The story of Hidden Agenda was inspired by the investigation into the Royal Ulster Constabulary's Shoot-to-kill policy. The Peter Kerrigan character represents John Stalker, the leader of that investigation. Secret unit E4A, of the Royal Ulster Constabulary, which was believed involved in the assassinations, is briefly mentioned. The Captain Harris character represents Colin Wallace, who was a technical advisor to the film. The Chief Constable Brody character represents RUC Chief Constable Sir John Hermon, and the Right Wing Tory conspirators, Andrew Neame, and member of British Intelligence (MI5 MI6) Alec Nevin, claim Airey Neave was involved in similar intrigues during the 1970s. All three of these characters have the initials A.N although Airey Neave was killed in 1979, the conspiracy in question was in 1974. In conversation with Kerrigan, a conspirator justifies breaking the law to fight terrorism, by citing the use of force to extort confessions from the Birmingham Six (which turned out to be false, and they were released in 1991, a year after the film's release). At one point Teresa Doyle (Republican journalist Michelle Fairley) shows Jessnser a photograph of a masked British soldier posed with an IRA cadaver, after a cross-border operation into the Irish Republic, representing the rumour that Captain Robert Nairac had such a trophy photograph of the body of John Francis Green.



The production was originally set up at Columbia Pictures in 1987, when David Puttnam ran the studio. After Puttnam was ousted, Loach had to find new financial backing, and eventually found it with John Daly who ran Hemdale Film Corporation.[2]


Critical response[edit]

Hidden Agenda was praised for its honesty and complexity,[3] as well as its resonance.[1] It was criticised for a simplistic view of the Northern Ireland Troubles as an anti-colonial war[citation needed] and for portraying the Troubles as an adjunct to British rather than Irish politics.[4]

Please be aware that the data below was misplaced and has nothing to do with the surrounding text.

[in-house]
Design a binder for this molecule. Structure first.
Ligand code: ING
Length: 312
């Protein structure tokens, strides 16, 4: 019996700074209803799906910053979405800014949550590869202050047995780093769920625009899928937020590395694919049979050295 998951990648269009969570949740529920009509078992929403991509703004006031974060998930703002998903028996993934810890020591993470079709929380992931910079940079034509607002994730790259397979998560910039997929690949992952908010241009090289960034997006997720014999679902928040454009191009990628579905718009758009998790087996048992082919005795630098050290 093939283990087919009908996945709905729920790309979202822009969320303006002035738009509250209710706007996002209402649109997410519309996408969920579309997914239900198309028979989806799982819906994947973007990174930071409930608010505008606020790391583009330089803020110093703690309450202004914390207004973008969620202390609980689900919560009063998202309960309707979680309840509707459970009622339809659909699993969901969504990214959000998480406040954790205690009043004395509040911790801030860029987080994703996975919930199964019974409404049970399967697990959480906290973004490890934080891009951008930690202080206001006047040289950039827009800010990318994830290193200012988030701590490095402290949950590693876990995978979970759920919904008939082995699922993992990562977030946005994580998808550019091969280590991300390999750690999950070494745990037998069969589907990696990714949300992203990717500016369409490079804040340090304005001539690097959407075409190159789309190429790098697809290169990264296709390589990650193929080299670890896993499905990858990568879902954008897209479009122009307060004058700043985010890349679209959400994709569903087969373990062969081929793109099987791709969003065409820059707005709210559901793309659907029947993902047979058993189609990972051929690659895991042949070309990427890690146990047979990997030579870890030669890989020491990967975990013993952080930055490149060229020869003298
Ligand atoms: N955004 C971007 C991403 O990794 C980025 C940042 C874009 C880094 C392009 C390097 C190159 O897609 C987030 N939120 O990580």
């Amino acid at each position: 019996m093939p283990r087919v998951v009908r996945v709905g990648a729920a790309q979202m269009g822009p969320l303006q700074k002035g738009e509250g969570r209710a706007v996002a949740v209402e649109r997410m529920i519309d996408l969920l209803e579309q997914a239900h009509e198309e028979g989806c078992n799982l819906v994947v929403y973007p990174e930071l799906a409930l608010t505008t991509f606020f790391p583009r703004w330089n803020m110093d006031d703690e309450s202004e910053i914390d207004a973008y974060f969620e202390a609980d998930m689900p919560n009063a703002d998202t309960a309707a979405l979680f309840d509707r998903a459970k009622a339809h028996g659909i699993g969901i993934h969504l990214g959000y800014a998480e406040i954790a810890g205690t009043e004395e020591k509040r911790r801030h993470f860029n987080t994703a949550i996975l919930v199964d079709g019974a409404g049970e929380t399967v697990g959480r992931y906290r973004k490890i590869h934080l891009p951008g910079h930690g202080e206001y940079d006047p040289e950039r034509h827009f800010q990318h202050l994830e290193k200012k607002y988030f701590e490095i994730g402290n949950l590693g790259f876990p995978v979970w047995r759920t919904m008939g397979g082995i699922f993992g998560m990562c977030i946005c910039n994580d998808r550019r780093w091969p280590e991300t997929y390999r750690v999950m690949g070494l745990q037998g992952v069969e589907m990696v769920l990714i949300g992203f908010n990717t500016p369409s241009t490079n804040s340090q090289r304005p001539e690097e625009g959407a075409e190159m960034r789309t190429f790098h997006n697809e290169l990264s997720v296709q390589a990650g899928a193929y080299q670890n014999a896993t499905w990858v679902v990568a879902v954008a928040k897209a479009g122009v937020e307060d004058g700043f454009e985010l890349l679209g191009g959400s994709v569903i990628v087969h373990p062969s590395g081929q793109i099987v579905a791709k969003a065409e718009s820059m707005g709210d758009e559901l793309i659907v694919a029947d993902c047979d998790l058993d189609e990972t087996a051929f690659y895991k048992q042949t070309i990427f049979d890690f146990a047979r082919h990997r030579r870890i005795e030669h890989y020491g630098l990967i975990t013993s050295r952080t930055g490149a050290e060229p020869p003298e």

Rotten Tomatoes retrospectively collected 18 reviews and gave the film a score of 83%.[5]


Hidden Agenda won the Jury Prize at the 1990 Cannes Film Festival[6] and was nominated for Best European Film at the Goya Awards. At the Festival press conference, the Northern Irish critic Alexander Walker publicly denounced the film as IRA propaganda.[7]


  1. ^ a b James, Caryn (21 November 1990). "Review/Film; Seeking Truths in Northern Ireland". The New York Times. Retrieved 14 August 2016.
  2. ^ Gritten, David (1 January 1991). "Ken Loach's Agenda Is to Rile the British Establishment : Movies: The activist director, relatively inactive during the Thatcher years, tackles the issue of Northern Ireland in 'Hidden Agenda.'". Los Angeles Times. Retrieved 14 August 2016.
  3. ^ Hinson, Hal (11 January 1991). "Hidden Agenda". The Washington Post. Retrieved 14 August 2016.
  4. ^ McIlroy, Brian (1998). Shooting to Kill: Filmmaking and the "Troubles" in Northern Ireland. Trowbridge, Wiltshire: Flicks Books. pp. 93–95, 97–98. ISBN 978-0-94891-152-1.
  5. ^ "Hidden Agenda". Rotten Tomatoes. Retrieved 14 August 2016.
  6. ^ "Hidden Agenda". Festival de Cannes. Archived from the original on 6 November 2012. Retrieved 14 August 2016.
  7. ^ Walker, Alexander (2004). Icons in the Fire. London: Orion. pp. 131–132. ISBN 978-0-75285-610-0.